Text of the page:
Recently we brought you the story of Ben McGinty’s new sailboat and invited readers to help determine whether the little ship was indeed a Naples Sabot, as Ben suspected. Several people responded with anecdotes and information that confirmed Ben’s thoughts about his new purchase. And along the way, we all learned more about Sabots.
Kyle Clark said the leeboard visible in the photos was a telling factor. “Yes, that is a very old Naples Sabot. Naples as opposed to a Windward or US Sabot because it uses a leeboard as opposed to a centerboard. I can see the mounting bracket on the rail for the leeboard, but not the full leeboard fitting or the board itself. If you want to sail in any direction other than dead downwind, you will need to add the leeboard.” Eric Mears agreed with Kyle and pointed out the “leeboard fitting on the starboard side, just forward of the oar lock.”
Jim Gossman suggested the boat was built by Schock — makers of other small sailboats such as the Snipe, Thistle, Lido 14 and a host of others. “Yes, it’s an authentic Naples Sabot. Just like an El Toro, but with a leeboard. Naples is the island in Alamitos Bay, Long Beach, where my daughter took sailing lessons on ours. Great dinghies for rowing too.”
Tony Spooner gave thought to the sail when making his judgment call. “It’s a Naples Sabot. A pretty old one, [judging] by the sail #. See the insignia on the sail, and the bracket on starboard side for the leeboard. Fun little boats. I had my three kids go through the Lido Isle Yacht Club’s junior program in Sabots. Lots of great memories of regattas from Alamitos Bay to Mission Bay. All three helped me finish our tri (now in New Zealand), and have loved helping to cruise it around the South Pacific for the last eight years. One more thing, Ben, it’s a bit hard on the Sabot to sit in it, on its trailer. Really localizes the stresses. Have fun.”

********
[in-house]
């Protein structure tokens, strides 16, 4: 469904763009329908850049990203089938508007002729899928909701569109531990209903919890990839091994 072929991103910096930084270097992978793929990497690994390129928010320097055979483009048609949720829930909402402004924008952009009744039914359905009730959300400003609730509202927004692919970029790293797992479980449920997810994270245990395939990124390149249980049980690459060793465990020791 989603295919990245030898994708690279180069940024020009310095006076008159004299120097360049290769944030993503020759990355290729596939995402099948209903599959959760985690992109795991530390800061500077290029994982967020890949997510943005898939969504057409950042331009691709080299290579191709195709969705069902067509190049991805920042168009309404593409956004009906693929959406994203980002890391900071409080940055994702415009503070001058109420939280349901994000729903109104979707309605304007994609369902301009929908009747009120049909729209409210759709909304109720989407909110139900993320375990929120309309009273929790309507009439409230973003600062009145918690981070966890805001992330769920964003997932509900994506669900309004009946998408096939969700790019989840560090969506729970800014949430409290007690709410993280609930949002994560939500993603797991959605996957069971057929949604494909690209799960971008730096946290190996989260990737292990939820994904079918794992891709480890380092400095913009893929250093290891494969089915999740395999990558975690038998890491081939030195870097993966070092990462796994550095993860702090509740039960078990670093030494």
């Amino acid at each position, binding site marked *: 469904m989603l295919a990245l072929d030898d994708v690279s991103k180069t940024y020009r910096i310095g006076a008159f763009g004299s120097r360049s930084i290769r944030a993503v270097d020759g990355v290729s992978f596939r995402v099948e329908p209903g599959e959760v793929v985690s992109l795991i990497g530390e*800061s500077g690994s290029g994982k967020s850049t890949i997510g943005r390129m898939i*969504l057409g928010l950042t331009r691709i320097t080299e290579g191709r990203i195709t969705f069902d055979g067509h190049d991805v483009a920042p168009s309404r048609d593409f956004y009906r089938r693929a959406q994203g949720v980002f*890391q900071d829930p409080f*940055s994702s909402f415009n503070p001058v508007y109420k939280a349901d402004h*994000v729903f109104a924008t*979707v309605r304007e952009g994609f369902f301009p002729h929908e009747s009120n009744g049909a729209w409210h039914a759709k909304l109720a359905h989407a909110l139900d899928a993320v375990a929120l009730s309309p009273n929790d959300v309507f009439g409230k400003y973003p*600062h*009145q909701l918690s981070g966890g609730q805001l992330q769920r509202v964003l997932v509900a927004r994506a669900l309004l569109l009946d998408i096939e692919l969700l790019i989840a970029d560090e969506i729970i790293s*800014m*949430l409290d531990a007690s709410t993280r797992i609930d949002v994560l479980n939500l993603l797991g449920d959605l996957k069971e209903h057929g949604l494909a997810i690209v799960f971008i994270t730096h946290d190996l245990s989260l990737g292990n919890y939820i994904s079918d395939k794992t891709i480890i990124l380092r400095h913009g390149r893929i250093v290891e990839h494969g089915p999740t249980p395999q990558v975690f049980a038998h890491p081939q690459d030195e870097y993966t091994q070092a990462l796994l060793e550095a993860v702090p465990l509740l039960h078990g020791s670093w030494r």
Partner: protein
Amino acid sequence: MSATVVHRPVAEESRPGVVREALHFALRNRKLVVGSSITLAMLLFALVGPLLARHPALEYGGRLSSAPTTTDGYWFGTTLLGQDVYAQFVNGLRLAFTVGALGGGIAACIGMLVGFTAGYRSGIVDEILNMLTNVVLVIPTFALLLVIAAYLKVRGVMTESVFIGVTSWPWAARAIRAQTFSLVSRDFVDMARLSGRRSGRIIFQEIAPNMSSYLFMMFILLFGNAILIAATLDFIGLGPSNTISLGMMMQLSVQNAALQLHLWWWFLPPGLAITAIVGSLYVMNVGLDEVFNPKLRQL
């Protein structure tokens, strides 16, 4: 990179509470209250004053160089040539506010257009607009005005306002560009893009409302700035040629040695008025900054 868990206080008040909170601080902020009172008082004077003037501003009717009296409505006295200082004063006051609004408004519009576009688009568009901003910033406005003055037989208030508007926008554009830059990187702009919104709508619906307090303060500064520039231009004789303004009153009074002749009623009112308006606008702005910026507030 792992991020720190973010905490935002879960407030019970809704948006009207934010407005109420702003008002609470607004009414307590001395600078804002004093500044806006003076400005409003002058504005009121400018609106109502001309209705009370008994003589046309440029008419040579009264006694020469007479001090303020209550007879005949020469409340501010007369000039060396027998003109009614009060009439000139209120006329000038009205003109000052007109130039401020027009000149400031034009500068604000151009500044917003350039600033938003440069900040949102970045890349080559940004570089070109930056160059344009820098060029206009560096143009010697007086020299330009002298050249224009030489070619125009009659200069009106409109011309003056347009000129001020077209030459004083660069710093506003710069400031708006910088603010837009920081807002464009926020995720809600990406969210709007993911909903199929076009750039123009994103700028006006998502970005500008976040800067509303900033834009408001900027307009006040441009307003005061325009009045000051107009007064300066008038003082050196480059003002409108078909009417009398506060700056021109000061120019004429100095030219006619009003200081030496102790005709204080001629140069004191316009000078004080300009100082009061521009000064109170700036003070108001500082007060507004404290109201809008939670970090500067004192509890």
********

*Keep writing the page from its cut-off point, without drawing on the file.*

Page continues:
Jerelyn Biehl from International Naples Sabot Association (INSA) agreed with the consensus above and also added information by way of the boat’s sail number. “If that is indeed the hull number — 2734 — for this Naples Sabot, it was built in 1961 as per INSA records. The two known owners were John Casagrands of Burbank, and Milo Stuckey of La Jolla/Mission Bay Yacht Club. A measurement certificate was issued on the hull when built, but no records on the builder.”
To throw a spanner into the works, Tom Walchli questioned whether the boat was built by Schock based on the hull construction. “Yup, old Naples Sabot! I can’t tell from the pic; is the hull wood? If so, then it’s probably not a Schock. Also, as I recall the Schock knees in the bow were glassed in. (I was Schock’s service manager for most of the 1980s) Lots of people home-built them in the ’60s. If the owner is interested, I have some cool aerospace foam-filled leeboard handles that my dad and I made in the ’70s, and would be happy to send him one! Have fun sailing your new, old mini-yacht!”
All of the above comments were of course of great value to Ben, who found the boat at an estate sale.
“Hello, all! Thanks for the info! I figured it was a Naples, just felt so from its vintage style and look. And will do, Tony. (Just couldn’t help myself for that photo op). She came with the leeboard, battens, a tiller and paddle. She needs some oars though!
“Thank you, John (Latitude), for posting this and the comments helping identify this boat. I look forward to learning more if anyone has any info. Thanks again.” – Ben McGinty.
We are beyond stoked with the response Ben has received to his question. Thanks, everyone, for your contributions; you have confirmed what we have always believed — the sailing community is awesome!
Oh, and Ben . . . what will you name your boat?